Day after Pakistan minister's Kabul visit, Taliban reopen key trade route
Taliban-appointed officials in Afghanistan’s Nangarhar province confirmed the reopening of the Torkham border.
Afghanistan’s Taliban rulers reopened a key border crossing with Pakistan Thursday, allowing thousands of trucks carrying desperately needed food and other items to creep forward for the first time in days, officials said.
The jam at the Torkham crossing between the two nations began to ease after Islamabad sent a high-level delegation to Kabul to discuss a range of issues, including the Taliban's closure of the border on Sunday.
Taliban-appointed officials in Afghanistan’s Nangarhar province confirmed the reopening of the Torkham border. The Afghan embassy in Pakistan also posted news of the reopening on Twitter.
Thousands of vehicles, some carrying fresh produce like vegetables and fruit, began moving along the Khyber Pass in northwest Pakistan Thursday, said Ziaul Haq Sarhadi, a director at the Pakistan-Afghanistan joint Chamber of Commerce and Industry.
The latest development comes a day after Pakistani Defense Minister Khawaja Mohammad Asif made an unannounced visit to Kabul, where he met with senior Taliban officials, including Mullah Abdul Ghani Baradar, the Taliban-appointed deputy prime minister for economic affairs.
The group discussed the closure of Torkham, which the Taliban said Sunday was shut because of immigration issues faced by sick Afghan people on the Pakistani side of the border, according to officials on both sides.
On Monday, security forces from the both sides traded fire, wounding a Pakistani soldier.
The Taliban government said they closed the Torkham border crossing because of Pakistan’s alleged refusal to allow Afghan immigrants and their caretakers to enter Pakistan for medical care without travel documents.
For Pakistan, the Torkham border crossing is a vital commercial artery and a trade route to Central Asian countries. But Pakistan has also accused the Afghan Taliban of providing sanctuary for Pakistani militants whose cross-border attacks have led to a spike in violence in this Islamic nation.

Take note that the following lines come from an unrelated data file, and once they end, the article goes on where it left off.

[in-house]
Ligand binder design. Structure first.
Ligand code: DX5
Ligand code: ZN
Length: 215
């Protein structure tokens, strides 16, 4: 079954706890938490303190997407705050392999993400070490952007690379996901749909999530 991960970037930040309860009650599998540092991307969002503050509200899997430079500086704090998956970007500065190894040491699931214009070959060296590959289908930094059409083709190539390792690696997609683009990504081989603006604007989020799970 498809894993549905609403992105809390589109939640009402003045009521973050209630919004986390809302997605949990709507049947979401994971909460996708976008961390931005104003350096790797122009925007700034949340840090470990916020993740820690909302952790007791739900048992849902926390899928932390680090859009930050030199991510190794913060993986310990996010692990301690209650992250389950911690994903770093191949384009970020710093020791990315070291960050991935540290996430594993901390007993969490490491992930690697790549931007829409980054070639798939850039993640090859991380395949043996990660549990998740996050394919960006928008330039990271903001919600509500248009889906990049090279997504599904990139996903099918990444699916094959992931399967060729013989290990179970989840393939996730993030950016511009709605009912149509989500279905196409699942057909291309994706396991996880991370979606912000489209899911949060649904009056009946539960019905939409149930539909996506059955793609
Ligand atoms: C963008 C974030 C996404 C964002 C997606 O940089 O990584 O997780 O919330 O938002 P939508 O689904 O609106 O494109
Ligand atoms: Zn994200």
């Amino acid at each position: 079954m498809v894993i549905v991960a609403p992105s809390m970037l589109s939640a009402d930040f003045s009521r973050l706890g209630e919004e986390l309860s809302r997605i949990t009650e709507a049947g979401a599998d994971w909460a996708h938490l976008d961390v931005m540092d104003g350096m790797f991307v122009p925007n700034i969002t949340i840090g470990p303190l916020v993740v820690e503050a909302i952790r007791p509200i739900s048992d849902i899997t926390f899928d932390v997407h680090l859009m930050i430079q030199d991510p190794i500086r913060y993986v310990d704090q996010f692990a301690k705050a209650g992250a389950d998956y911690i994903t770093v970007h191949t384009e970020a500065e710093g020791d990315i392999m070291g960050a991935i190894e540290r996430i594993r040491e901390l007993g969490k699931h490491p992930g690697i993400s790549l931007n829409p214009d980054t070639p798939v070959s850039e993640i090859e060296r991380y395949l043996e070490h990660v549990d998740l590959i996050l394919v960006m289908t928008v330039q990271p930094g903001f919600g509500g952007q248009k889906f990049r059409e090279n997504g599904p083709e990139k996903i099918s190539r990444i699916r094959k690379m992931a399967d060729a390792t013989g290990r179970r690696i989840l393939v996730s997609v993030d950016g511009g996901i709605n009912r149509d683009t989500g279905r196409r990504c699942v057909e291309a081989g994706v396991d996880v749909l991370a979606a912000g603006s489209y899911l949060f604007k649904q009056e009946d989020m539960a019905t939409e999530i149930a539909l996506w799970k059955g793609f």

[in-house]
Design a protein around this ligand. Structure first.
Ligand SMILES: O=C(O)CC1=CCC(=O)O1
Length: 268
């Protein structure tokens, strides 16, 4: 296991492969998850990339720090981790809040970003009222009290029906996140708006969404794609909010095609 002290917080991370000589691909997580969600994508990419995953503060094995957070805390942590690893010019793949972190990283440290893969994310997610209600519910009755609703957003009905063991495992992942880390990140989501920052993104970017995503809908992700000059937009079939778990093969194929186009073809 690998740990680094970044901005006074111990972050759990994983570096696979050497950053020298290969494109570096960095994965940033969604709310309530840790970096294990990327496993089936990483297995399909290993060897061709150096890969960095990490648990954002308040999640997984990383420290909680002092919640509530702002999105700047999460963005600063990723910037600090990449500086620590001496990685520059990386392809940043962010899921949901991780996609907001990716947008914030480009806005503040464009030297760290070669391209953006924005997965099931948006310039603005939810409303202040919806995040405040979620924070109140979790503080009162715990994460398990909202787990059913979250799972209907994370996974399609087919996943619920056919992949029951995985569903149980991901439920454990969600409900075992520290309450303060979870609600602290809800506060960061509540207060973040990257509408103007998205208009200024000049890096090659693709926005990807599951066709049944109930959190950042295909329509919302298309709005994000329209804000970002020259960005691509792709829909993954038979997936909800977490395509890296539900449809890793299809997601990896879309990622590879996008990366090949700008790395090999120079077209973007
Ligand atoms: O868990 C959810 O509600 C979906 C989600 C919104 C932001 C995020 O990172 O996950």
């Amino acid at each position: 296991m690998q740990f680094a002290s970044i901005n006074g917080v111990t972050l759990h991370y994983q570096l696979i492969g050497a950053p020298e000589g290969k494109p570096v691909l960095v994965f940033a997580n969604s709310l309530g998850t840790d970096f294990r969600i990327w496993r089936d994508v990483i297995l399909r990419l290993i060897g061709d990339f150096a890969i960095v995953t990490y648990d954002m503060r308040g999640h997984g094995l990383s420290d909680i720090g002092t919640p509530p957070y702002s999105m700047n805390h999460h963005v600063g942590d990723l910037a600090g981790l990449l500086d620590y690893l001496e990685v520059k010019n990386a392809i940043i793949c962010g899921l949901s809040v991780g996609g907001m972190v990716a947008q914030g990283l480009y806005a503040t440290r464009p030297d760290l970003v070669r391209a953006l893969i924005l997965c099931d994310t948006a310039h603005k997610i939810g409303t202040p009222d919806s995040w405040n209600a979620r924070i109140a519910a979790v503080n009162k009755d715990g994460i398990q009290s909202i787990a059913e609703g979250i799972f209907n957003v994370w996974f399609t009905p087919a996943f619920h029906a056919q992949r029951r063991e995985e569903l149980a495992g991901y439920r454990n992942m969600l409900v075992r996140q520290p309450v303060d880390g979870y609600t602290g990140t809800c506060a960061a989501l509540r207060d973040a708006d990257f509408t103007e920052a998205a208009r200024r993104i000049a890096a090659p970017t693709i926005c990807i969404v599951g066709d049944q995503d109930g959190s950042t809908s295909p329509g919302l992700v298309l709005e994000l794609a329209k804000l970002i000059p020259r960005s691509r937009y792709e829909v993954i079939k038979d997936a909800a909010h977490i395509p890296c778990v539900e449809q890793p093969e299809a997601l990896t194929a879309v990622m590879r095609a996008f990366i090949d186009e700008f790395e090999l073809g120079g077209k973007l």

A statement issued by Baradar's office Wednesday said the Afghan Taliban told the Pakistani delegation that “necessary facilities should be provided for all passengers” at Torkham and also at Spin Boldak, another trade route located to the south, across from Chaman in Pakistan’s restive southwestern Baluchistan province.
Baradar said special facilities should be provided for the transportation of patients needing emergency medical care, according to the statement, which said the Pakistani side promised to resolve these matters quickly.
The reopening of Torkham was a relief for the traders and others on both sides who were jammed at the border for four days. It was also an indication of easing tensions between the two neighbors.
Closures, cross-border fire and shootouts are common along the Afghan-Pakistan border.
According to Pakistan's Foreign Ministry, the Pakistani delegation during Wednesday's visit also discussed "the growing threat of terrorism in the region," particularly by Pakistani Taliban who are known as Tahreek-e Taliban-Pakistan and Islamic State.
The Pakistani Taliban are a separate group, but allied with, the Afghanistan Taliban, who seized power more than a year ago as the U.S. and NATO troops withdrew. The Taliban takeover in Afghanistan emboldened TTP, whose top leaders and fighters are hiding in the country.
TTP in recent months has stepped up attacks in Pakistan, where security forces often carry out raids on their hideouts. In the latest raid in the northwestern district of Lakki Marwat, security forces on Thursday killed six Pakistani Taliban, according to police.